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How To Identify and Treat Pet Anxiety

What Is Pet Anxiety?

Anxiety is the feeling of worry, nervousness or unease caused by perceived dangers. Almost 80% of UK pets are reported to suffer with episodes of anxiety* which can bring about unwanted behaviors in your dog or cat.

What Causes Pet Anxiety?

 There are a number of causes of anxiety in your pet but the most common causes include;

  • Change – A house move, a new baby, building work, an unknown visitor, a new pet or other changes to an environment or routine can cause anxiety in your pet.
  • Genetics – Genetics play a key factor in an animal’s likelihood to develop anxiety.
  • Unexpected Loud Noise – Even the most relaxed dog or cat can become very stressed when exposed to loud noises like fireworks, the hoover or a drill.
  • Poor Socialisation Stage Management – If the puppy or kitten wasn’t exposed to a variety of situations in its early life, anxieties may occur later on when faced with new experiences.
  • Illness – Being ill or suffering with a painful physical condition increases anxiety
  • History of Abandonment – Anxiety is commonly seen in pets that have had multiple previous homes, have suffered neglect or abandonment.
  • Ageing – An older dog or cat can often develop symptoms of anxiety previously not experienced.
  • Separation – Dogs are sociable by nature so being left at home alone often causes anxiety.
How Can I Tell If My Pet Is Anxious?

There are a number of symptoms that pets display when stressed or anxious so look out for the following:-

In Dogs;

  • Barking excessively
  • Ears pulled back
  • Shaking
  • Excessive panting
  • Drooling
  • Hiding
  • Toileting in the house
  • Licking lips
  • Tail between legs

In Cats:

  • Hiding
  • Aggression; growling, hissing, scratching or biting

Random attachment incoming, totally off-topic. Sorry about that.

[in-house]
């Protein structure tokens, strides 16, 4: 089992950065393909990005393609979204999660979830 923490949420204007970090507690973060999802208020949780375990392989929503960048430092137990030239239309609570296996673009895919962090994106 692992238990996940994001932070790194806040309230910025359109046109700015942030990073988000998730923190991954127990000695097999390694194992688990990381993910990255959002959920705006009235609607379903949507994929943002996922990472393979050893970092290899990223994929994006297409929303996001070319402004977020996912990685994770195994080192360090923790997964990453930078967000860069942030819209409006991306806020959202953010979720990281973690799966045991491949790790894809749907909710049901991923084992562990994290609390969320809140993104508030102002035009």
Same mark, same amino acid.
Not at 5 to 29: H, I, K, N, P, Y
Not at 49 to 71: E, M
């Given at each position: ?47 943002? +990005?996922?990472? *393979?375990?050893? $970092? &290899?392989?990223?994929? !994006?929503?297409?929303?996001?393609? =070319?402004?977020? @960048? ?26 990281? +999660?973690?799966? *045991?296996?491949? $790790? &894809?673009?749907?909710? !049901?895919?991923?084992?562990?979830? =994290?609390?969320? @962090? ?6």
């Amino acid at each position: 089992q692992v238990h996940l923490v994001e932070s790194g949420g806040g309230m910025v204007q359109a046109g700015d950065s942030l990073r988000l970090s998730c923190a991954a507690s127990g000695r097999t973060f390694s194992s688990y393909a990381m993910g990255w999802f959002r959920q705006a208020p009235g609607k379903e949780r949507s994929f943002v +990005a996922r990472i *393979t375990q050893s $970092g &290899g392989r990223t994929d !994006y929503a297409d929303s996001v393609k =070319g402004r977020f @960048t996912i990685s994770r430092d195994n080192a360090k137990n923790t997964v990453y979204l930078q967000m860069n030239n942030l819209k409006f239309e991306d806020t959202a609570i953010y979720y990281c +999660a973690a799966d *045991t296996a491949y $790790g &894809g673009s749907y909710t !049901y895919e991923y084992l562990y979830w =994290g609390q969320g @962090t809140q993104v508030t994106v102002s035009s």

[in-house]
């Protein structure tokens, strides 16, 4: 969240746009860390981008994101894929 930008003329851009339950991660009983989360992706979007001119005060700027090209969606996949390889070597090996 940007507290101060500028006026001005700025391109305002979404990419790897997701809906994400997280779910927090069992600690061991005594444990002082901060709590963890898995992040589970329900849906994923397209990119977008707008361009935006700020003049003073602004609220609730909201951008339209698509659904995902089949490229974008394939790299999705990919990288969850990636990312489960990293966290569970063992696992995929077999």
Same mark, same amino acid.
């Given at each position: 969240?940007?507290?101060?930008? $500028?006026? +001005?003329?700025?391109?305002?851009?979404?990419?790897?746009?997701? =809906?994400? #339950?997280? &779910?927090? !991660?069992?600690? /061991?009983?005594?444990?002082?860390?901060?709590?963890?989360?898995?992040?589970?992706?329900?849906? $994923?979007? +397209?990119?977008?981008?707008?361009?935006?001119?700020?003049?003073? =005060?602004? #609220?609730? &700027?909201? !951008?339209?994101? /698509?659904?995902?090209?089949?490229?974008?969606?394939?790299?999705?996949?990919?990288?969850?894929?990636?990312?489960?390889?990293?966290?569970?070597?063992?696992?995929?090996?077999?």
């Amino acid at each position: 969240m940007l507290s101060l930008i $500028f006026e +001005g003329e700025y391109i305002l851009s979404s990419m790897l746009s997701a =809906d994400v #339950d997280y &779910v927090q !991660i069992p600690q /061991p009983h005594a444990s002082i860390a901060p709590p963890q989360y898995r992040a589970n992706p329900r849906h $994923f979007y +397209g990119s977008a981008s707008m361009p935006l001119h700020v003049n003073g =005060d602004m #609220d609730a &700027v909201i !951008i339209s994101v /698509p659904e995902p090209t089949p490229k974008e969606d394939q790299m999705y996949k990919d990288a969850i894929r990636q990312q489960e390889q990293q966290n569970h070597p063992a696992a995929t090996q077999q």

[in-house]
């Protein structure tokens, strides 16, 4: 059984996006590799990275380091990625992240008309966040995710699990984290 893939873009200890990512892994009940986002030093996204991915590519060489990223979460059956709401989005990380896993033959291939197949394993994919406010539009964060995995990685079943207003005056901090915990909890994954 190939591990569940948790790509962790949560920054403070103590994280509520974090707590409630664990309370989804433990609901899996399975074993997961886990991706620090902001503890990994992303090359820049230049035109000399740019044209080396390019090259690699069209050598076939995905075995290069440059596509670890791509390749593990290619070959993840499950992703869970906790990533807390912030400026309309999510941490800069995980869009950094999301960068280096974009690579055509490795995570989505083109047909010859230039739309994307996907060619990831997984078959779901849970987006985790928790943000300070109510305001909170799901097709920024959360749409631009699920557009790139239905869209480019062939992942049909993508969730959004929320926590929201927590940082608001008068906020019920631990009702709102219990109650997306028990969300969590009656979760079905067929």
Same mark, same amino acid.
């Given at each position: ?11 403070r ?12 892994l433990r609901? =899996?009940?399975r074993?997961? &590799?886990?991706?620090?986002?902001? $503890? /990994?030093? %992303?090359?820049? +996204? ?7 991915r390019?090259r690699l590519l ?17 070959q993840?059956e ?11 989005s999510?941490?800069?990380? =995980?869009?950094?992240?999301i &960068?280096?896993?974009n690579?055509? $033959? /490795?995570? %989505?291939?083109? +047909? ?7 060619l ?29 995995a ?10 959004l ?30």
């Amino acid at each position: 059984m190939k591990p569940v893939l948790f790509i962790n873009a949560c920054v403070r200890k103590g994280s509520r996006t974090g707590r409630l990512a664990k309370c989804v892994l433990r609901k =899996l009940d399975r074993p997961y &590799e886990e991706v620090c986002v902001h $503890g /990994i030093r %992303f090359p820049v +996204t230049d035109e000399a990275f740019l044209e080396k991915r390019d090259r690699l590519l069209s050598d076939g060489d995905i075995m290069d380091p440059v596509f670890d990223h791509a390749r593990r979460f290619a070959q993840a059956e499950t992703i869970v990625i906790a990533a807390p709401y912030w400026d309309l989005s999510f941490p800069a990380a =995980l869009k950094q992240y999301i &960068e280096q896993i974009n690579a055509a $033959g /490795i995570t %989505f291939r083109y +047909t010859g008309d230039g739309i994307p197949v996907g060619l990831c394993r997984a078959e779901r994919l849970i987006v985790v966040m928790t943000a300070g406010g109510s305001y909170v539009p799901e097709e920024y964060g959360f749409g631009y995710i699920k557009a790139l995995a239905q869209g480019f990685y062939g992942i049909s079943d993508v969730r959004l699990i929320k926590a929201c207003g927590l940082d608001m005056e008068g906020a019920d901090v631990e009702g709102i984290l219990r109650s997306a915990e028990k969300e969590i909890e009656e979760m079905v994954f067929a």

• Fleeing or startling easily
  • Changes in grooming– especially grooming the tummy area more frequently
  • Changes in appetite
  • Increased facial rubbing
  • Urine spraying
  • Urinating or defecating in inappropriate areas
  • Developing cystitis, a painful inflammation of the bladder that can be associated with stress in cats
My Pet Seems Anxious, What Should I Do?

The first thing to do if your pet is showing signs of stress and anxiety is to work out what is causing it and address it, if possible. For example, if the stimulus is outside like fireworks, close the curtains and turn on the television or radio. Try to distract your dog or cat.

If the situation causing the anxiety is unavoidable, tips to try include:

  • Use a diffuser or spray that releases comforting pheromones, such as the Feliway Classic for cats or Adaptil which contains Dog Appeasing Pheremone (DAP) for your dogs. Pet Remedy is another product available that releases a blend of relaxing essential oils.
  • Provide a quiet retreat that your pet can escape to and relax in away from stressful noise or stimulus. Cats love a high, safe perch so try to make sure one is provided.
  • If separation anxiety is an issue, ensure that your dog has toys to occupy them and keep your departures and returns calm and quiet. Your vet can offer further advice if it’s an ongoing concern.
  • It’s really important that anxiety-inducing behaviour is not punished. Your pet needs comfort and reassurance during times of stress and anxiety.


When to Ask For advice

Our veterinary nurses can offer lots of advice for reducing your dog or cat’s anxiety. If your pet suffers chronic anxiety, gets stressed about a specific issue such as being left alone, unavoidable loud noises or the cause is not immediately obvious, do get in touch.

If you are worried about anxiety in your pet or any have any other concerns please contact us.

St Kitts Veterinary Centre: 01252 844044
Basingstoke Veterinary Centre: 01256 844944
Crookham Park Veterinary Centre: 01252 913990
Firgrove Veterinary Centre: 01252 877799

* 2018 PDSA Animal Wellbeing Report


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